Jane Otai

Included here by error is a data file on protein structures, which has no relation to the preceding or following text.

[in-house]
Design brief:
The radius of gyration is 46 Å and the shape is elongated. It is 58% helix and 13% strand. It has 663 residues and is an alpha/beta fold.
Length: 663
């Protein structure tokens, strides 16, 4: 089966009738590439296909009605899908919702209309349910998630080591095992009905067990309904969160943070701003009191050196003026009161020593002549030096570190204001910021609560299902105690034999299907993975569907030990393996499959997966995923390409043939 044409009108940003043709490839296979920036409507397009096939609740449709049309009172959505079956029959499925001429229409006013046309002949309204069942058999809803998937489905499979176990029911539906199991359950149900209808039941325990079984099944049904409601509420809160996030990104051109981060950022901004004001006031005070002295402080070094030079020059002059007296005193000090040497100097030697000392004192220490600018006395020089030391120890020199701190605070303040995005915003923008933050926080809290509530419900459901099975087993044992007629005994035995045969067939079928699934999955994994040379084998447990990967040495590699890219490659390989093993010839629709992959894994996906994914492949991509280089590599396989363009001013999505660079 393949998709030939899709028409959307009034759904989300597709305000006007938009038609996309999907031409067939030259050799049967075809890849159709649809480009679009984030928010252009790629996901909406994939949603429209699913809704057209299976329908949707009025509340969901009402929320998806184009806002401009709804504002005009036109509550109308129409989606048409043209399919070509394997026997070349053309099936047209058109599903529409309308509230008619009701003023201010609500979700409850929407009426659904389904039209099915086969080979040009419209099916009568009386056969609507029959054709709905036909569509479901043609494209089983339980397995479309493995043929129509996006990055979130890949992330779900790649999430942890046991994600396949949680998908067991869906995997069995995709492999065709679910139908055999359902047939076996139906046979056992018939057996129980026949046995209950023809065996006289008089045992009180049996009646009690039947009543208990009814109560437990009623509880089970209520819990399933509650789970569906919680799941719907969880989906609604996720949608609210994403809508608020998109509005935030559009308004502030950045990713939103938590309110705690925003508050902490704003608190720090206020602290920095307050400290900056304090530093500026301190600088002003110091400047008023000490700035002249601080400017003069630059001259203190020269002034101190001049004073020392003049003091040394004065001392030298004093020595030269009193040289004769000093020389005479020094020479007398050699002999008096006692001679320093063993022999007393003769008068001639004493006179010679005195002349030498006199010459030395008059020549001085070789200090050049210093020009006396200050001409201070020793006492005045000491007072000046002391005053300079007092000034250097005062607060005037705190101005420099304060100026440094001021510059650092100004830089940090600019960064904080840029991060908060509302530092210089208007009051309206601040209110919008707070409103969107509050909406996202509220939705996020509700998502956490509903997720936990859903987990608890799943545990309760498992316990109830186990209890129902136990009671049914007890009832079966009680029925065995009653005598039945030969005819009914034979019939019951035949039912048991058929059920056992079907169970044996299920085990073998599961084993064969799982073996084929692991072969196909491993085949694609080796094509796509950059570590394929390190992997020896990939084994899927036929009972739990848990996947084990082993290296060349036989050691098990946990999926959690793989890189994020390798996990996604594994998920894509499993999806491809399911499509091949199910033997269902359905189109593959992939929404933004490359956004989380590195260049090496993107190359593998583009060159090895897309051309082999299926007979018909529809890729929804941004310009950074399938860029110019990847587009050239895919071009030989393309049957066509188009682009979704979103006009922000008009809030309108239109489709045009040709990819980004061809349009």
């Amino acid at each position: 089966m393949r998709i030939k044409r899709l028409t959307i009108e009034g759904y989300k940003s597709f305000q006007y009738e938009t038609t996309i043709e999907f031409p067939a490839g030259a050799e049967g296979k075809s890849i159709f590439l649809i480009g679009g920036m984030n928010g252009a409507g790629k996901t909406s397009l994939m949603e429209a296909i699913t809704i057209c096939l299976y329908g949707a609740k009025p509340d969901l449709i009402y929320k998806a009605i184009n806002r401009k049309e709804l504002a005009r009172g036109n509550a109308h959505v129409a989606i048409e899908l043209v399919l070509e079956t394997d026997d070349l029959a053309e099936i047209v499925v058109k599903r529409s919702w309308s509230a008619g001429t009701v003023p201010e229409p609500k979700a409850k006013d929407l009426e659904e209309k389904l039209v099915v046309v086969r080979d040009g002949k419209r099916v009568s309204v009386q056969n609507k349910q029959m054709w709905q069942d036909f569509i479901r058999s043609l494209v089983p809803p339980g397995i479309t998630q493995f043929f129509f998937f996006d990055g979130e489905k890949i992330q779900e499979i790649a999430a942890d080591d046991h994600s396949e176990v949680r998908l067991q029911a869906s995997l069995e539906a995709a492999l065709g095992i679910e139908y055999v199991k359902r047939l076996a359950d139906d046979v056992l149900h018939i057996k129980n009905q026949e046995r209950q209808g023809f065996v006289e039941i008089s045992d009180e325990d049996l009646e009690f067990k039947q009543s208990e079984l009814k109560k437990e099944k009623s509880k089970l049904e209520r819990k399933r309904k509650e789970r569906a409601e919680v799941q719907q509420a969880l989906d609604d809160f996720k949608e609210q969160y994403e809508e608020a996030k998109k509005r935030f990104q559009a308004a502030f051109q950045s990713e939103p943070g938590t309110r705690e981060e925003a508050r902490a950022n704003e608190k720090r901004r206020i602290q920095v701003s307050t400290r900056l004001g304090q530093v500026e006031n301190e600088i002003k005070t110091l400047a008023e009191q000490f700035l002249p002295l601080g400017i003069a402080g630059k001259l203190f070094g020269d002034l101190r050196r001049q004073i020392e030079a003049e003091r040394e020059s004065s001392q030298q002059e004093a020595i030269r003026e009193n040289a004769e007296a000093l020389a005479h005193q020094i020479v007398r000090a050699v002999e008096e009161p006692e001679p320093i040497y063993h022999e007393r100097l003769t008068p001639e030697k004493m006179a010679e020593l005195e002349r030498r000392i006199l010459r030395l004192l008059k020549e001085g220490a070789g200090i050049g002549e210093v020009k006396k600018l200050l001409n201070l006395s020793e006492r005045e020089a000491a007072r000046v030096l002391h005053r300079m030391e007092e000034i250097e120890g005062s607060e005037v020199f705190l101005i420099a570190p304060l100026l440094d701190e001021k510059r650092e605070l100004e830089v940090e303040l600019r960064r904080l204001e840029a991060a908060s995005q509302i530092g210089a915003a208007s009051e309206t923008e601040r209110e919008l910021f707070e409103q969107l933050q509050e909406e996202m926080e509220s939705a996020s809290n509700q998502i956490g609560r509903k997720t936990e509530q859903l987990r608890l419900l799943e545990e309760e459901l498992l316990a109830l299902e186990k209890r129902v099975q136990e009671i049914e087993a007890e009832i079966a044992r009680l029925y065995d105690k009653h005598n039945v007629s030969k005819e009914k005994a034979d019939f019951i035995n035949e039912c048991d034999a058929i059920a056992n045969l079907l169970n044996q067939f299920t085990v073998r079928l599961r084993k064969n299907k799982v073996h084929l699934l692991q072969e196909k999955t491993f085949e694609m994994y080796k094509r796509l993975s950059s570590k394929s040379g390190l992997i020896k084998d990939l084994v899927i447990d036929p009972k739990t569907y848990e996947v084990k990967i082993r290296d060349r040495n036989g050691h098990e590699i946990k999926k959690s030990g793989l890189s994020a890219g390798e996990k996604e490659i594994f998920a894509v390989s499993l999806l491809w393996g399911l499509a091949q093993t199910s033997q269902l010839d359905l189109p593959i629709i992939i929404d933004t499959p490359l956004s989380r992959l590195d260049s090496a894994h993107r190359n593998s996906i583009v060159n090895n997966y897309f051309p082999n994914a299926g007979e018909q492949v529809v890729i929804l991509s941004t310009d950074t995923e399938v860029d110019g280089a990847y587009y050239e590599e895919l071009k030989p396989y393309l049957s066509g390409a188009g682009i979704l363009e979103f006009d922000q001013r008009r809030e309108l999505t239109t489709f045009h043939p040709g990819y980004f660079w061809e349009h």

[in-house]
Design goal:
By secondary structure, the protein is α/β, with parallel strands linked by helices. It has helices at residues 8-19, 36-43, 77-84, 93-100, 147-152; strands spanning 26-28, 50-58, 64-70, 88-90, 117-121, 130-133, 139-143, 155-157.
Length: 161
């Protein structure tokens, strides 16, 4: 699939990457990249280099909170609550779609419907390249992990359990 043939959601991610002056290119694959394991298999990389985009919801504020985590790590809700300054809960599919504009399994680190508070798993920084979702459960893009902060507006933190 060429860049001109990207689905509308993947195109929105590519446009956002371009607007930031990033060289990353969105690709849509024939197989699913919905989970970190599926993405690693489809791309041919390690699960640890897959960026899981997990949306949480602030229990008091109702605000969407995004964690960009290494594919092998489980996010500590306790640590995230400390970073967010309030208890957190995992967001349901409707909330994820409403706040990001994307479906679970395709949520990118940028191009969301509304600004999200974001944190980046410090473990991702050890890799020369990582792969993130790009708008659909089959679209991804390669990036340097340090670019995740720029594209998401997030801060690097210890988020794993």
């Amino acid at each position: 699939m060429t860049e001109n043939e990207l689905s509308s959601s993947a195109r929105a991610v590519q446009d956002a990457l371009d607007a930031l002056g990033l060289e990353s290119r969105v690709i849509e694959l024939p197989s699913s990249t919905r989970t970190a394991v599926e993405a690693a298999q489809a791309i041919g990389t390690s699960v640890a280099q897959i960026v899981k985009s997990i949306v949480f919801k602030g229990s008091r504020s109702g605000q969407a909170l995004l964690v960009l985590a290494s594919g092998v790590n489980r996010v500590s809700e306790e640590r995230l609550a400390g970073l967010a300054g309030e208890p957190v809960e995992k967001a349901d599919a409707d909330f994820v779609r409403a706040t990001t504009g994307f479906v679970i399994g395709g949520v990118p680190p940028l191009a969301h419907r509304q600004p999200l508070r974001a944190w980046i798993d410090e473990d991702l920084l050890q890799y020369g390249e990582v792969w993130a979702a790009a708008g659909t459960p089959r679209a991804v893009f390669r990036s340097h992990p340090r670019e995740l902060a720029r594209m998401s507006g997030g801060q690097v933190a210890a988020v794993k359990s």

When Jane Otai walks through the Nairobi slums of Korogocho and Viwandani, she is no stranger. No stranger to the women living in corrugated-metal shacks or worse, no stranger to the poverty, overcrowded conditions and health problems devastating families. “I really lived within the urban slum growing up, I am a product of this community’’ says the 47-year-old mother of three. “My mother saw education as the way out. She believed if one got educated, we can break out of the cycle of poverty.” Following her mother’s advice, Jane attended Makerere University in Kampala and got her master’s degree from United States International University in Nairobi. It wasn’t until she finished her education and started a job that Jane had children. She credits access to family planning as the reason for her success. “Because somebody told me about family planning very early I was able to take it up and be able to space my children and delay my first pregnancy. And that is the reason I am here," said Otai. When Jane talks to mothers from Korogocho about the health of their families, the threat of HIV, the importance of family planning, the need for good nutrition, she speaks from experience – personal and professional. Everyone calls her Jane. When she speaks, people listen. When she encourages women to get involved in their community, to take control of their health and seek help for their families, they do so. As part of the Gates Funded and Jhpiego led Tupange urban health initiative, Jane has worked to provide women access to family planning, prenatal care, HIV counseling and testing, screening for cervical cancer and sexual abuse, immunizations and sanitation just to name a few.

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